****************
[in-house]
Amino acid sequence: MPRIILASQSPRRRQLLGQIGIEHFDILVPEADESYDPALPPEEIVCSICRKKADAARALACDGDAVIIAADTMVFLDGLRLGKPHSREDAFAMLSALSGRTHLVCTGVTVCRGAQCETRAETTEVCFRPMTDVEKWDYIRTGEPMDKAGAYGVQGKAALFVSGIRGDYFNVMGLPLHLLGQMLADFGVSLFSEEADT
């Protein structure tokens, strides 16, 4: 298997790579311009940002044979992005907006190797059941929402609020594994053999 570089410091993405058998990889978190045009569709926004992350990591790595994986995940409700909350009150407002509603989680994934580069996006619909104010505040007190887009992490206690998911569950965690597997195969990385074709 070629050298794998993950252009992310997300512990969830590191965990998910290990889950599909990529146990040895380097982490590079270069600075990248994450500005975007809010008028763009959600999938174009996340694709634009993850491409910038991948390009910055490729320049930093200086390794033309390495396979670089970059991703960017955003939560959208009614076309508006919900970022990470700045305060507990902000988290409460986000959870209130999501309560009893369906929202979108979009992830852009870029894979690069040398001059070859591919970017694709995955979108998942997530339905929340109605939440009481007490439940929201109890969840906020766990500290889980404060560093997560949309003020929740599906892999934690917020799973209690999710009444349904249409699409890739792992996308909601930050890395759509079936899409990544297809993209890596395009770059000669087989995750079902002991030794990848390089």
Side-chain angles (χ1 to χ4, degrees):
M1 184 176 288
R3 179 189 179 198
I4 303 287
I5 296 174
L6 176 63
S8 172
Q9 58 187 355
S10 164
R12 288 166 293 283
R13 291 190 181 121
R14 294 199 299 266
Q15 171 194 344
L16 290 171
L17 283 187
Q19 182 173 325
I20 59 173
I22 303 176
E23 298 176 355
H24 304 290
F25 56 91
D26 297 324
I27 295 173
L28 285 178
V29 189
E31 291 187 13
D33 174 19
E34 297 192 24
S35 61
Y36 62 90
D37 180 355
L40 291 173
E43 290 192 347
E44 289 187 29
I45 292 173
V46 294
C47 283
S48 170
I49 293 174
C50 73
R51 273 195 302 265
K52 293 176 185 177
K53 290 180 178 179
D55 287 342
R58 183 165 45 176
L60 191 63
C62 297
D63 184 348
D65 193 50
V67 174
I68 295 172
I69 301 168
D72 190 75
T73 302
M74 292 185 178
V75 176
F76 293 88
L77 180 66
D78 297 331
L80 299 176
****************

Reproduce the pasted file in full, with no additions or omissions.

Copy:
[in-house]
Amino acid sequence: MPRIILASQSPRRRQLLGQIGIEHFDILVPEADESYDPALPPEEIVCSICRKKADAARALACDGDAVIIAADTMVFLDGLRLGKPHSREDAFAMLSALSGRTHLVCTGVTVCRGAQCETRAETTEVCFRPMTDVEKWDYIRTGEPMDKAGAYGVQGKAALFVSGIRGDYFNVMGLPLHLLGQMLADFGVSLFSEEADT
């Protein structure tokens, strides 16, 4: 298997790579311009940002044979992005907006190797059941929402609020594994053999 570089410091993405058998990889978190045009569709926004992350990591790595994986995940409700909350009150407002509603989680994934580069996006619909104010505040007190887009992490206690998911569950965690597997195969990385074709 070629050298794998993950252009992310997300512990969830590191965990998910290990889950599909990529146990040895380097982490590079270069600075990248994450500005975007809010008028763009959600999938174009996340694709634009993850491409910038991948390009910055490729320049930093200086390794033309390495396979670089970059991703960017955003939560959208009614076309508006919900970022990470700045305060507990902000988290409460986000959870209130999501309560009893369906929202979108979009992830852009870029894979690069040398001059070859591919970017694709995955979108998942997530339905929340109605939440009481007490439940929201109890969840906020766990500290889980404060560093997560949309003020929740599906892999934690917020799973209690999710009444349904249409699409890739792992996308909601930050890395759509079936899409990544297809993209890596395009770059000669087989995750079902002991030794990848390089």
Side-chain angles (χ1 to χ4, degrees):
M1 184 176 288
R3 179 189 179 198
I4 303 287
I5 296 174
L6 176 63
S8 172
Q9 58 187 355
S10 164
R12 288 166 293 283
R13 291 190 181 121
R14 294 199 299 266
Q15 171 194 344
L16 290 171
L17 283 187
Q19 182 173 325
I20 59 173
I22 303 176
E23 298 176 355
H24 304 290
F25 56 91
D26 297 324
I27 295 173
L28 285 178
V29 189
E31 291 187 13
D33 174 19
E34 297 192 24
S35 61
Y36 62 90
D37 180 355
L40 291 173
E43 290 192 347
E44 289 187 29
I45 292 173
V46 294
C47 283
S48 170
I49 293 174
C50 73
R51 273 195 302 265
K52 293 176 185 177
K53 290 180 178 179
D55 287 342
R58 183 165 45 176
L60 191 63
C62 297
D63 184 348
D65 193 50
V67 174
I68 295 172
I69 301 168
D72 190 75
T73 302
M74 292 185 178
V75 176
F76 293 88
L77 180 66
D78 297 331
L80 299 176